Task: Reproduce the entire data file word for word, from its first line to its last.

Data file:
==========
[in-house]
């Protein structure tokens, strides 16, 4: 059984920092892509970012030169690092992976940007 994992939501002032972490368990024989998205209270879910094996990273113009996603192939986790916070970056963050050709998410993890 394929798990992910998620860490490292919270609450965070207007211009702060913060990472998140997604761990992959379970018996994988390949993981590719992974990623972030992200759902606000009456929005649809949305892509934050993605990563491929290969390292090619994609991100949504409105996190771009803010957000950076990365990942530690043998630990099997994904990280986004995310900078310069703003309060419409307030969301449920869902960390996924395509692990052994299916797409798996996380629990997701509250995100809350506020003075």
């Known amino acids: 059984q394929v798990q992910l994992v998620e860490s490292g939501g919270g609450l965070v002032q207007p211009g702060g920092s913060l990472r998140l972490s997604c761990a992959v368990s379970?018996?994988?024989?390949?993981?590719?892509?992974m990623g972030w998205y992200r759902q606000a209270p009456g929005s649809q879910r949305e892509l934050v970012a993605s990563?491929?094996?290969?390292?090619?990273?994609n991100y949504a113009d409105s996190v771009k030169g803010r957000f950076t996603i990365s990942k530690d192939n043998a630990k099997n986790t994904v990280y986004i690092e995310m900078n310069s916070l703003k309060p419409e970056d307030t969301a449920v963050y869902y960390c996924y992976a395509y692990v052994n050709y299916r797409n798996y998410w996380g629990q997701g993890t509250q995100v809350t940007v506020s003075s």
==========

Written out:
[in-house]
């Protein structure tokens, strides 16, 4: 059984920092892509970012030169690092992976940007 994992939501002032972490368990024989998205209270879910094996990273113009996603192939986790916070970056963050050709998410993890 394929798990992910998620860490490292919270609450965070207007211009702060913060990472998140997604761990992959379970018996994988390949993981590719992974990623972030992200759902606000009456929005649809949305892509934050993605990563491929290969390292090619994609991100949504409105996190771009803010957000950076990365990942530690043998630990099997994904990280986004995310900078310069703003309060419409307030969301449920869902960390996924395509692990052994299916797409798996996380629990997701509250995100809350506020003075």
């Known amino acids: 059984q394929v798990q992910l994992v998620e860490s490292g939501g919270g609450l965070v002032q207007p211009g702060g920092s913060l990472r998140l972490s997604c761990a992959v368990s379970?018996?994988?024989?390949?993981?590719?892509?992974m990623g972030w998205y992200r759902q606000a209270p009456g929005s649809q879910r949305e892509l934050v970012a993605s990563?491929?094996?290969?390292?090619?990273?994609n991100y949504a113009d409105s996190v771009k030169g803010r957000f950076t996603i990365s990942k530690d192939n043998a630990k099997n986790t994904v990280y986004i690092e995310m900078n310069s916070l703003k309060p419409e970056d307030t969301a449920v963050y869902y960390c996924y992976a395509y692990v052994n050709y299916r797409n798996y998410w996380g629990q997701g993890t509250q995100v809350t940007v506020s003075s």